The different individuals and their personal narratives form the core of Between Daylight and the Dark. The album works as a collection of tales, each distinct and separate from the others, but that share a common thread of deep emotional truth. The listener recognizes the shared human impulse that drives people towards love, and family, and yet somehow paradoxically operates to keep us lonely and alone. “We wanna go home,” one of her protagonists moans, “We can’t find the way.” Gauthier knows we may be lost, but at least we are lost together.

That’s true even of the loners. Consider Steam Train Maury, the title personage from “The Last of the Hobo Kings”. He may have “an aching wanderlust / embedded in his gut,” but he also has a wife named Wanda and true pals like Dandy Dave, Rusty Nails, Sweet Lady Sugar Cane, and the Baloney Kid. Gauthier understands that even the most obstinate freedom lovers among us still value other people. Sure, she’s a romantic, but Gauthier’s also a realist. She knows the days of train freeloaders have ended. “The boxcars have been sealed for years / and trespassers do time / And the railroad yards are razor wired / And hoboing’s a crime,” Gauthier sings without affectation. Still, she remembers those who came before us, like the Hobo King, and honors their memories.

Musically, this is one of those great indefinable records that are part country, part rock, part blues, and part roots music. Gauthier’s frequently compared to artists like Steve Earle and Lucinda Williams, and indeed her songs would sound right at home on their records, and vice versa. But these musicians are no more interchangeable than James Cagney, Humphrey Bogart, and John Garfield, to name a similar trio of like artists. They each had something special to offer that expressed their unique individuality. Gauthier’s most distinguishing features include her ability to identify with life’s walking wounded in a voice that simultaneously conveys vulnerability and strength. Her characters may be “broken on the inside,” but they’ve been restored to health just by not giving up. For the most part, they haven’t lost faith in the future, even when dealing with the petty disappointments of everyday life.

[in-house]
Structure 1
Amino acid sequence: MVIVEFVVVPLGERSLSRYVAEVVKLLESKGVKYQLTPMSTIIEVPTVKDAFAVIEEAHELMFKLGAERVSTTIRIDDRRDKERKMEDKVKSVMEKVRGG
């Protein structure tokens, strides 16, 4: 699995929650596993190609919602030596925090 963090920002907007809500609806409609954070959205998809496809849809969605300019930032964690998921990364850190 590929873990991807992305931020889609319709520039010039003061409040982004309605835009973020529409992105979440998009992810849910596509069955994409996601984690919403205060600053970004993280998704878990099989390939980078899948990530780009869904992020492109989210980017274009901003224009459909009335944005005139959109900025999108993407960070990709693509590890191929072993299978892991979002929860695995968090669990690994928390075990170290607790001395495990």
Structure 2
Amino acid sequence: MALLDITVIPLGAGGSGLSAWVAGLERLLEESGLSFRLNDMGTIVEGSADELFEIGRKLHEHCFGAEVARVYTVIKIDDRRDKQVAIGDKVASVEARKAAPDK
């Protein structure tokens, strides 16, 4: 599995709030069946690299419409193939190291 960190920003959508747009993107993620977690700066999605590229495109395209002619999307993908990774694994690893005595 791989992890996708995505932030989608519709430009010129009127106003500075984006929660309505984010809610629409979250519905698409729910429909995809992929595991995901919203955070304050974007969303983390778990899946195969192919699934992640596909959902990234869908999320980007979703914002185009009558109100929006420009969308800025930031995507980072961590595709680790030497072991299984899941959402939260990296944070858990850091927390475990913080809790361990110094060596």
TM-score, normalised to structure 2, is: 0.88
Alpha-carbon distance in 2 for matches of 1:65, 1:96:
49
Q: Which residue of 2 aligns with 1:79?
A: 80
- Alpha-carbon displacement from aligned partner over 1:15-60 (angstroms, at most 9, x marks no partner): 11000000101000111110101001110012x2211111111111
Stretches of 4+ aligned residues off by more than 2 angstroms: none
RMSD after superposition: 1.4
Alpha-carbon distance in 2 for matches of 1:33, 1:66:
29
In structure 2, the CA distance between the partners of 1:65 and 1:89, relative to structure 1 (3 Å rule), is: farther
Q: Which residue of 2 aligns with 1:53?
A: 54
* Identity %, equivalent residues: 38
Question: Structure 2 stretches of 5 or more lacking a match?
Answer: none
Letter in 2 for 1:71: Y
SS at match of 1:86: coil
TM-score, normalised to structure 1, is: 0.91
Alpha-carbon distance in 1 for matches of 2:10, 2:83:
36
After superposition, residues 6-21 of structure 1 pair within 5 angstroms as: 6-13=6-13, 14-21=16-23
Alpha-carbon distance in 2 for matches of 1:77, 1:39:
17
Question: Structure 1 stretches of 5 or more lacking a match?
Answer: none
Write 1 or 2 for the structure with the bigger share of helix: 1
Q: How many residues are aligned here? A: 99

The most poignant example of this can be found on “Thanksgiving”, which concerns a family going to visit a loved on at the Tallulah State Prison on the national holiday. The “gravel faced guards” make everyone wait in line, and search-frisk white-haired grammy twice, with and without her winter coat. “When they’re done she wipes their touch off her dress, stands tall and heads in,” Gauthier sings in a proud voice. Grammy knows love isn’t free and easy, but there’s no question in her mind that it’s worth the trouble. Gauthier’s description of Thanksgiving in prison as a family affair restores the humanity to a scene that could fall into pathos or caricature in lesser hands. The incarcerated person is never named, and there is a big crowd at the prison. We learn that those in jail are people that have families that love them. The cruelty of separating people from those they love is made clear without preaching.

Joe Henry’s production is worthy of singling out for praise. He doesn’t crowd the songs with instrumentation. The music is always in the background. Henry knows how to convey a mood or make a comment with a subtle touch. For example, he begins “Snakebit” with just the sound of a shaking tambourine, which evokes a rattlesnake. Later on the same tune, the piano hits an off-key chord as the main character discovers herself with her hand wrapped around a gun, and wonders what she has done. The song goes on as before, just as life goes on. Henry let’s the listener know a rash act has taken place and doesn’t over dramatize it. The song ends on a gentle note that just kind of lingers in the air. The implication is clear that the protagonist’s conscious is clear—at least for now.